Caitlyn Jenner has quickly become a Twitter celebrity since her Vanity Fair cover debuted on Twitter. But General Mills has refused to call the former Olympian by her new name.
Earlier this week, Caitlyn Jenner broke barriers as well as records when she became the first person to ever reach 1 million Twitter followers in just over four hours, breaking President Obama’s record of five hours. However, as welcoming as most were, General Mills had a strange, perhaps even standoffish response.
The former Olympian and Keeping Up with the Kardashians star previously known as Bruce Jenner finally revealed her post-transition self with a Vanity Fair cover asking the world to “Call Her Caitlyn.” According to social media analytics tool Talkwalker, #CallMeCaitlyn had over 300,000 mentions in its first 24 hours since the Vanity Fair cover dropped.
Oddly enough though, General Mills, which has featured Jenner on three different Wheaties boxes since her 1976 Olympic Gold victory, refused to acknowledge the transition, telling TMZ, “"Bruce Jenner continues to be a respected member of Team Wheaties.” When the reporter asked for clarification in light of Jenner’s transition, the brand became cagey, replying “We stand by our statement.”
With Twitter followers of @Caitlyn_Jenner reaching 2.3 since Monday and everyone from the fashion world to human rights organizations praising Jenner’s courage, General Mills’ odd refusal to call her by her name comes off a little bit tone deaf.
“General Mills had a long history with Bruce Jenner,” says Jasmine Sandler, chief executive (CEO) and founder of Agent-cy Online Marketing, an online branding agency. “And Caitlyn Jenner continues to be an iconic personal brand standing for health, fitness and American pride. I think that continuing to support Caitlyn in her new identity makes sense.”
But while many hope to (Read more...) Caitlyn Jenner on a Wheaties Box, public opinion remains split on transgender rights. Politician Mike Huckabee recently claimed that there was something "inherently wrong" with recognizing transgender individuals as such. And many on Twitter agree, so it could be smart for General Mills to shy away from controversy, says Shawn Prez, CEO of marketing company Power Moves.
"General Mills has no obligation to Caitlyn because Bruce was featured on a Wheaties box. They have no obligation to stand behind or condemn Caitlyn," Prez says. "I think from their end they are waiting to see if there is any blowback. It's the safe play, it's strategic, and they may decide to leave it alone altogether."
However, the Caitlyn Jenner response isn't the only time this week that General Mills has been in hot water for not following through. Last week, Twitter was full of praise for the fact that General Mills had pulled sponsorship of TLC's Nineteen Kids and Counting after star Josh Duggar admitted to molesting some of his sisters. This week, a General Mills rep confirmed to Variety that while the brand had pulled funding for the show, it had not pulled funding from the network, despite speculation that TLC knew about the sexual assaults and the fact that the network refuses to cancel the show.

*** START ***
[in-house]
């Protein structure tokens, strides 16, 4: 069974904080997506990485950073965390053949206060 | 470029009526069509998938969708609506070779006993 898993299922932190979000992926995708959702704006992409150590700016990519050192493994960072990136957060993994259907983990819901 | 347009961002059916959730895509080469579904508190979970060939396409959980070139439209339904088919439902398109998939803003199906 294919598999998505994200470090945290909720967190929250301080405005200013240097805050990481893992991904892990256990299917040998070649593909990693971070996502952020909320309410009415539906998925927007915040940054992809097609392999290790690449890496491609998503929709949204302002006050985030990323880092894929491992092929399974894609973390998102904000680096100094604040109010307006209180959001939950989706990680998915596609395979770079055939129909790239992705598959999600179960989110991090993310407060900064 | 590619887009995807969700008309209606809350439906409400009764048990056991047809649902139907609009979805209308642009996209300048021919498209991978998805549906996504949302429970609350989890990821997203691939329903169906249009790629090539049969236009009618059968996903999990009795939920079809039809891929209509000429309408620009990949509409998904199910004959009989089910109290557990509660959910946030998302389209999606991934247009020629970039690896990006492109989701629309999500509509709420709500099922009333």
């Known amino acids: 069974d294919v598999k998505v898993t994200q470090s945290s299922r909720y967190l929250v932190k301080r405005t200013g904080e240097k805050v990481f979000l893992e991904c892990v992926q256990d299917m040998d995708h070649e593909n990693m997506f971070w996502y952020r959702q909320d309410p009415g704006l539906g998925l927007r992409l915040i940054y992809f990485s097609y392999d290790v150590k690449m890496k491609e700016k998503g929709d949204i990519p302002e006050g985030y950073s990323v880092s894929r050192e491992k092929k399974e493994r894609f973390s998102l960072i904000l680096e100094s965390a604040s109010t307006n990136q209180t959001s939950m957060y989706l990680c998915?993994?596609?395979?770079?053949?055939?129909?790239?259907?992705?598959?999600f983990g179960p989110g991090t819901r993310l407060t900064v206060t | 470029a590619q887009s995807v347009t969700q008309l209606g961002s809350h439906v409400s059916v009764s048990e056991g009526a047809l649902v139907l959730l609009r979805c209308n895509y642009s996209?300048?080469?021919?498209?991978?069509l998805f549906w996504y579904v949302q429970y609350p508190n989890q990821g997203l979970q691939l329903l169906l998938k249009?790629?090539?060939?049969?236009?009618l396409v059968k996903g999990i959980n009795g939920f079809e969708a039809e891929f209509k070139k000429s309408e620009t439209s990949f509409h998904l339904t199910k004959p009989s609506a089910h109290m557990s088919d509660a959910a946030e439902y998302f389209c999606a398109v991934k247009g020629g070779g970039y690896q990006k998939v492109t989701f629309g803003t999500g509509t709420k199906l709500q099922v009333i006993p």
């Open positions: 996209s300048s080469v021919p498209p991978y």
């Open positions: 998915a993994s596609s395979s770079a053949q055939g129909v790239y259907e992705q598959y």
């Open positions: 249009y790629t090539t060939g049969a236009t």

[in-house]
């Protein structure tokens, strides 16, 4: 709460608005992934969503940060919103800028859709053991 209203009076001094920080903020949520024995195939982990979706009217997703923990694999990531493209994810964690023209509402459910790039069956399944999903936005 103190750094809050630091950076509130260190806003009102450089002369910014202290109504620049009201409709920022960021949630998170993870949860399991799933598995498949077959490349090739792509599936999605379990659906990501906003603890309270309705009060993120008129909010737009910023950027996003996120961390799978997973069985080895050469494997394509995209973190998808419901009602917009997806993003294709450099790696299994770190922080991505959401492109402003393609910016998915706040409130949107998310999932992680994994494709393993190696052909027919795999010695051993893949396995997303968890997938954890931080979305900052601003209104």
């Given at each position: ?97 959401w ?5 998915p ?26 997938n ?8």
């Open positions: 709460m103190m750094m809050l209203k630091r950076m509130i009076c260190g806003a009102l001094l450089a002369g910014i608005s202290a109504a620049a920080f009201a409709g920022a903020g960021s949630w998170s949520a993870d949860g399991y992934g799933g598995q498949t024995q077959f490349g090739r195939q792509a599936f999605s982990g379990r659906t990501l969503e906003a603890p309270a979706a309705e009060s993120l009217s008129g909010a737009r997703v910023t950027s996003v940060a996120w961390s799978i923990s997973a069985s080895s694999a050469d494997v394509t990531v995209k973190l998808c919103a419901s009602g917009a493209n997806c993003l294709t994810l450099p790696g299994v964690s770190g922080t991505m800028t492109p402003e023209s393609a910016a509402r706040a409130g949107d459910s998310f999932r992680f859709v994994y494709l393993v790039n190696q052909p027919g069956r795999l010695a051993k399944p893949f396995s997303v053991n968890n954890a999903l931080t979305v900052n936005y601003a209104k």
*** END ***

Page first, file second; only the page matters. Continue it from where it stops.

General Mills' failures to stand behind Caitlyn Jenner or live up to followers' expectations of the brand's public stance against the Duggars lead to an interesting question: Does a brand's responsiblity begin and end with public perception?
For Prez, General Mills has done enough with regards to the TLC molestation scandal. "At the end of the day, the Duggar scandal is criminal and General Mills has every right to pull advertising from that particular show. [But it's] great of them to leave that ad spend with TLC," Prez says.
He also believes that there's a middle ground for the Caitlyn Jenner situation as well in the form of a social media post that doesn't focus too much on Jenner's transition. "[The solution] could be as simple as a social media post," Prez says. "It doesn't need to reuse Jenner's new image. The president of our nation has posted a tweet acknowledging support of Jenner. It could be as simple as that."
And while there seems to be relatively little outcry from the media about TLC, the jury is still out on whether or not public opinion will push General Mills to publicly stand by its former spokesperson.
“I have a feeling that General Mills will clarify their statement at some point because they will be forced to do so,” says Sandler. “In a world of social media first, general media second, a large brand must protect its online reputation. General Mills is a large company and more than likely has media crisis management rules and guidelines that have been set up a long time ago.”
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